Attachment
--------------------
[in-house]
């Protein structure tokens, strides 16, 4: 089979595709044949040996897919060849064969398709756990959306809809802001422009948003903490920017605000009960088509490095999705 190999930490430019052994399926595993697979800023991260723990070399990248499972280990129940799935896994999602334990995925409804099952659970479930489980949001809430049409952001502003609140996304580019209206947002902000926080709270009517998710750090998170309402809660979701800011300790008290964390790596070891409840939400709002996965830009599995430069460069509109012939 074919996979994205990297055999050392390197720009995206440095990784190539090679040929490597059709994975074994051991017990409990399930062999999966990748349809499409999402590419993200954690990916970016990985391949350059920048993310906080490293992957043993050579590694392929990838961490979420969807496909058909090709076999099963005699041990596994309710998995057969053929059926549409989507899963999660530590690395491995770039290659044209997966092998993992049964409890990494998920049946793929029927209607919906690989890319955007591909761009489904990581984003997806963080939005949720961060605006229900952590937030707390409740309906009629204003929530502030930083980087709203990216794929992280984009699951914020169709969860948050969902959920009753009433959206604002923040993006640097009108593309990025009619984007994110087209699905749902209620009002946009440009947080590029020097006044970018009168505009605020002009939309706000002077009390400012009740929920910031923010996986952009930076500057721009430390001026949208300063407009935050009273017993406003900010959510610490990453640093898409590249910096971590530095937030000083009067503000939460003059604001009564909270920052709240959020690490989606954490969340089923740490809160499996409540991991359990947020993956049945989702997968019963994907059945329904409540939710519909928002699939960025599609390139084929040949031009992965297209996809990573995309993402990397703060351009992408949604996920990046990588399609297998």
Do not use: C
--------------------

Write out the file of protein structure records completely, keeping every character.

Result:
[in-house]
């Protein structure tokens, strides 16, 4: 089979595709044949040996897919060849064969398709756990959306809809802001422009948003903490920017605000009960088509490095999705 190999930490430019052994399926595993697979800023991260723990070399990248499972280990129940799935896994999602334990995925409804099952659970479930489980949001809430049409952001502003609140996304580019209206947002902000926080709270009517998710750090998170309402809660979701800011300790008290964390790596070891409840939400709002996965830009599995430069460069509109012939 074919996979994205990297055999050392390197720009995206440095990784190539090679040929490597059709994975074994051991017990409990399930062999999966990748349809499409999402590419993200954690990916970016990985391949350059920048993310906080490293992957043993050579590694392929990838961490979420969807496909058909090709076999099963005699041990596994309710998995057969053929059926549409989507899963999660530590690395491995770039290659044209997966092998993992049964409890990494998920049946793929029927209607919906690989890319955007591909761009489904990581984003997806963080939005949720961060605006229900952590937030707390409740309906009629204003929530502030930083980087709203990216794929992280984009699951914020169709969860948050969902959920009753009433959206604002923040993006640097009108593309990025009619984007994110087209699905749902209620009002946009440009947080590029020097006044970018009168505009605020002009939309706000002077009390400012009740929920910031923010996986952009930076500057721009430390001026949208300063407009935050009273017993406003900010959510610490990453640093898409590249910096971590530095937030000083009067503000939460003059604001009564909270920052709240959020690490989606954490969340089923740490809160499996409540991991359990947020993956049945989702997968019963994907059945329904409540939710519909928002699939960025599609390139084929040949031009992965297209996809990573995309993402990397703060351009992408949604996920990046990588399609297998």
Do not use: C